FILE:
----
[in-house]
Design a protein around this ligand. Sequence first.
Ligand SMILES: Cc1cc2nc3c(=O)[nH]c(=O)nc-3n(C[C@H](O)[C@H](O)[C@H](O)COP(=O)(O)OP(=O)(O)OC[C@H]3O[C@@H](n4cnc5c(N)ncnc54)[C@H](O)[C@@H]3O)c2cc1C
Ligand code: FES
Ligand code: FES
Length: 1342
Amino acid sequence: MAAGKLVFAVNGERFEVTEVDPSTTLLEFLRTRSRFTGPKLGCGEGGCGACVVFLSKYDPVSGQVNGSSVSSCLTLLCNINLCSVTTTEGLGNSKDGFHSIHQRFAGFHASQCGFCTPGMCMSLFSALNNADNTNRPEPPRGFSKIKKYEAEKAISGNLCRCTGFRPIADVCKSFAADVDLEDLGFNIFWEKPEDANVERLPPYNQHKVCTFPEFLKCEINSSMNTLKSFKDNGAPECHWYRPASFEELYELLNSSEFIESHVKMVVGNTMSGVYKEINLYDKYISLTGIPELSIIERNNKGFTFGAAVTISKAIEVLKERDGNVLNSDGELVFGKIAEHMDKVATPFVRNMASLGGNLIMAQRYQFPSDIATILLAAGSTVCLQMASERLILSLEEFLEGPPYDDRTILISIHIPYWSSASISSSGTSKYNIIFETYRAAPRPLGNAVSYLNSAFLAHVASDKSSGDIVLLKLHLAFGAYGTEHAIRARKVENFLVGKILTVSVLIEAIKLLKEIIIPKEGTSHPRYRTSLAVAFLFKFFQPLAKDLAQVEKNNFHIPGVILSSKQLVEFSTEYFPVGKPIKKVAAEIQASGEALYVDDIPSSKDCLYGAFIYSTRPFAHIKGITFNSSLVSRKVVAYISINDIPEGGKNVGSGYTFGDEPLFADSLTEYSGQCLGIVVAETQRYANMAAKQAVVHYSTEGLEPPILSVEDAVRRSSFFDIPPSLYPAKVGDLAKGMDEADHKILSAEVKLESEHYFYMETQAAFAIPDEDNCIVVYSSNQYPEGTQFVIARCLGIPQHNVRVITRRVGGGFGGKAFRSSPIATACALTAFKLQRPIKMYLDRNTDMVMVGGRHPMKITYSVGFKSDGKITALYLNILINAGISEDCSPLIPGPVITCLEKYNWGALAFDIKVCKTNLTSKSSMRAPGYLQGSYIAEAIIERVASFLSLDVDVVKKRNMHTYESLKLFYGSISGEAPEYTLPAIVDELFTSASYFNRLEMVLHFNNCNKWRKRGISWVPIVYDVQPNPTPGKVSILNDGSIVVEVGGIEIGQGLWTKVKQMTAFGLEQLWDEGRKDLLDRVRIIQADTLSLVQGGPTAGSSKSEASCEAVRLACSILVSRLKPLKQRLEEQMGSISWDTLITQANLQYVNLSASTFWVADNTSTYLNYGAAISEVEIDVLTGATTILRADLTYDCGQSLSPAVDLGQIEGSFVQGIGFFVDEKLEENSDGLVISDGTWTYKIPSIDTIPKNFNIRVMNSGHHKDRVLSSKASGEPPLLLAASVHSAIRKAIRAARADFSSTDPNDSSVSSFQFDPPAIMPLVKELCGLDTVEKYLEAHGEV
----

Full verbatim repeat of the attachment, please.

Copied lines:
[in-house]
Design a protein around this ligand. Sequence first.
Ligand SMILES: Cc1cc2nc3c(=O)[nH]c(=O)nc-3n(C[C@H](O)[C@H](O)[C@H](O)COP(=O)(O)OP(=O)(O)OC[C@H]3O[C@@H](n4cnc5c(N)ncnc54)[C@H](O)[C@@H]3O)c2cc1C
Ligand code: FES
Ligand code: FES
Length: 1342
Amino acid sequence: MAAGKLVFAVNGERFEVTEVDPSTTLLEFLRTRSRFTGPKLGCGEGGCGACVVFLSKYDPVSGQVNGSSVSSCLTLLCNINLCSVTTTEGLGNSKDGFHSIHQRFAGFHASQCGFCTPGMCMSLFSALNNADNTNRPEPPRGFSKIKKYEAEKAISGNLCRCTGFRPIADVCKSFAADVDLEDLGFNIFWEKPEDANVERLPPYNQHKVCTFPEFLKCEINSSMNTLKSFKDNGAPECHWYRPASFEELYELLNSSEFIESHVKMVVGNTMSGVYKEINLYDKYISLTGIPELSIIERNNKGFTFGAAVTISKAIEVLKERDGNVLNSDGELVFGKIAEHMDKVATPFVRNMASLGGNLIMAQRYQFPSDIATILLAAGSTVCLQMASERLILSLEEFLEGPPYDDRTILISIHIPYWSSASISSSGTSKYNIIFETYRAAPRPLGNAVSYLNSAFLAHVASDKSSGDIVLLKLHLAFGAYGTEHAIRARKVENFLVGKILTVSVLIEAIKLLKEIIIPKEGTSHPRYRTSLAVAFLFKFFQPLAKDLAQVEKNNFHIPGVILSSKQLVEFSTEYFPVGKPIKKVAAEIQASGEALYVDDIPSSKDCLYGAFIYSTRPFAHIKGITFNSSLVSRKVVAYISINDIPEGGKNVGSGYTFGDEPLFADSLTEYSGQCLGIVVAETQRYANMAAKQAVVHYSTEGLEPPILSVEDAVRRSSFFDIPPSLYPAKVGDLAKGMDEADHKILSAEVKLESEHYFYMETQAAFAIPDEDNCIVVYSSNQYPEGTQFVIARCLGIPQHNVRVITRRVGGGFGGKAFRSSPIATACALTAFKLQRPIKMYLDRNTDMVMVGGRHPMKITYSVGFKSDGKITALYLNILINAGISEDCSPLIPGPVITCLEKYNWGALAFDIKVCKTNLTSKSSMRAPGYLQGSYIAEAIIERVASFLSLDVDVVKKRNMHTYESLKLFYGSISGEAPEYTLPAIVDELFTSASYFNRLEMVLHFNNCNKWRKRGISWVPIVYDVQPNPTPGKVSILNDGSIVVEVGGIEIGQGLWTKVKQMTAFGLEQLWDEGRKDLLDRVRIIQADTLSLVQGGPTAGSSKSEASCEAVRLACSILVSRLKPLKQRLEEQMGSISWDTLITQANLQYVNLSASTFWVADNTSTYLNYGAAISEVEIDVLTGATTILRADLTYDCGQSLSPAVDLGQIEGSFVQGIGFFVDEKLEENSDGLVISDGTWTYKIPSIDTIPKNFNIRVMNSGHHKDRVLSSKASGEPPLLLAASVHSAIRKAIRAARADFSSTDPNDSSVSSFQFDPPAIMPLVKELCGLDTVEKYLEAHGEV